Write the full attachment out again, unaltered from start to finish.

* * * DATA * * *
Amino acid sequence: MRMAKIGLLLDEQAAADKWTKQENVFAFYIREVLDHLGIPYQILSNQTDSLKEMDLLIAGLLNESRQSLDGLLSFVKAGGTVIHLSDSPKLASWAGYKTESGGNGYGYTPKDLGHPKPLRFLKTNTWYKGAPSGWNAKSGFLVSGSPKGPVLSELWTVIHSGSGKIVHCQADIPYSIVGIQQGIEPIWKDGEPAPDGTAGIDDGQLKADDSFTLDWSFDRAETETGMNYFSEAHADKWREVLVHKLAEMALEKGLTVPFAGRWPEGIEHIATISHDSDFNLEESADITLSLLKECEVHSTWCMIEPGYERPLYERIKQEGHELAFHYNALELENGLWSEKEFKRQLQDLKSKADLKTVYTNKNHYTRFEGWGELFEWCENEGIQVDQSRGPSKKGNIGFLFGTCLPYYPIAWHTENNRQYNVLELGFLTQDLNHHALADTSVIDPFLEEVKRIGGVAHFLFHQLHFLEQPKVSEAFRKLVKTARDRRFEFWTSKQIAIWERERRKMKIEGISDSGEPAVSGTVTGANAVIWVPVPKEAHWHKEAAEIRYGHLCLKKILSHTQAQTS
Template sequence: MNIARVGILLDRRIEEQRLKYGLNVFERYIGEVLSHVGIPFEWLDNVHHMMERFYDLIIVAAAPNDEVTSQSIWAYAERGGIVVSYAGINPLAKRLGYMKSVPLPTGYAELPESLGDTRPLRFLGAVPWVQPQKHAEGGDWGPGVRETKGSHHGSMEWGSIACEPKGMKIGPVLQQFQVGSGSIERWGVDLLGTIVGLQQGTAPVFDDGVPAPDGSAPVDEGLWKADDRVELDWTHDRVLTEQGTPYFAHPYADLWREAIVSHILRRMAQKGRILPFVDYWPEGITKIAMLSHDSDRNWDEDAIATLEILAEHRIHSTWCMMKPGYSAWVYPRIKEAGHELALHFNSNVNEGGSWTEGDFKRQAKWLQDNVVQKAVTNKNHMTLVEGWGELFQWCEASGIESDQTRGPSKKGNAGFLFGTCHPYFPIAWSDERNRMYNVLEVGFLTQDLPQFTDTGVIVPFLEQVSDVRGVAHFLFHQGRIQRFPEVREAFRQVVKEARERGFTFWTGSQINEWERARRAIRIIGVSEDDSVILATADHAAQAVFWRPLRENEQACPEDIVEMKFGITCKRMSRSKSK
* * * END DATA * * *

Amino acid sequence: MRMAKIGLLLDEQAAADKWTKQENVFAFYIREVLDHLGIPYQILSNQTDSLKEMDLLIAGLLNESRQSLDGLLSFVKAGGTVIHLSDSPKLASWAGYKTESGGNGYGYTPKDLGHPKPLRFLKTNTWYKGAPSGWNAKSGFLVSGSPKGPVLSELWTVIHSGSGKIVHCQADIPYSIVGIQQGIEPIWKDGEPAPDGTAGIDDGQLKADDSFTLDWSFDRAETETGMNYFSEAHADKWREVLVHKLAEMALEKGLTVPFAGRWPEGIEHIATISHDSDFNLEESADITLSLLKECEVHSTWCMIEPGYERPLYERIKQEGHELAFHYNALELENGLWSEKEFKRQLQDLKSKADLKTVYTNKNHYTRFEGWGELFEWCENEGIQVDQSRGPSKKGNIGFLFGTCLPYYPIAWHTENNRQYNVLELGFLTQDLNHHALADTSVIDPFLEEVKRIGGVAHFLFHQLHFLEQPKVSEAFRKLVKTARDRRFEFWTSKQIAIWERERRKMKIEGISDSGEPAVSGTVTGANAVIWVPVPKEAHWHKEAAEIRYGHLCLKKILSHTQAQTS
Template sequence: MNIARVGILLDRRIEEQRLKYGLNVFERYIGEVLSHVGIPFEWLDNVHHMMERFYDLIIVAAAPNDEVTSQSIWAYAERGGIVVSYAGINPLAKRLGYMKSVPLPTGYAELPESLGDTRPLRFLGAVPWVQPQKHAEGGDWGPGVRETKGSHHGSMEWGSIACEPKGMKIGPVLQQFQVGSGSIERWGVDLLGTIVGLQQGTAPVFDDGVPAPDGSAPVDEGLWKADDRVELDWTHDRVLTEQGTPYFAHPYADLWREAIVSHILRRMAQKGRILPFVDYWPEGITKIAMLSHDSDRNWDEDAIATLEILAEHRIHSTWCMMKPGYSAWVYPRIKEAGHELALHFNSNVNEGGSWTEGDFKRQAKWLQDNVVQKAVTNKNHMTLVEGWGELFQWCEASGIESDQTRGPSKKGNAGFLFGTCHPYFPIAWSDERNRMYNVLEVGFLTQDLPQFTDTGVIVPFLEQVSDVRGVAHFLFHQGRIQRFPEVREAFRQVVKEARERGFTFWTGSQINEWERARRAIRIIGVSEDDSVILATADHAAQAVFWRPLRENEQACPEDIVEMKFGITCKRMSRSKSK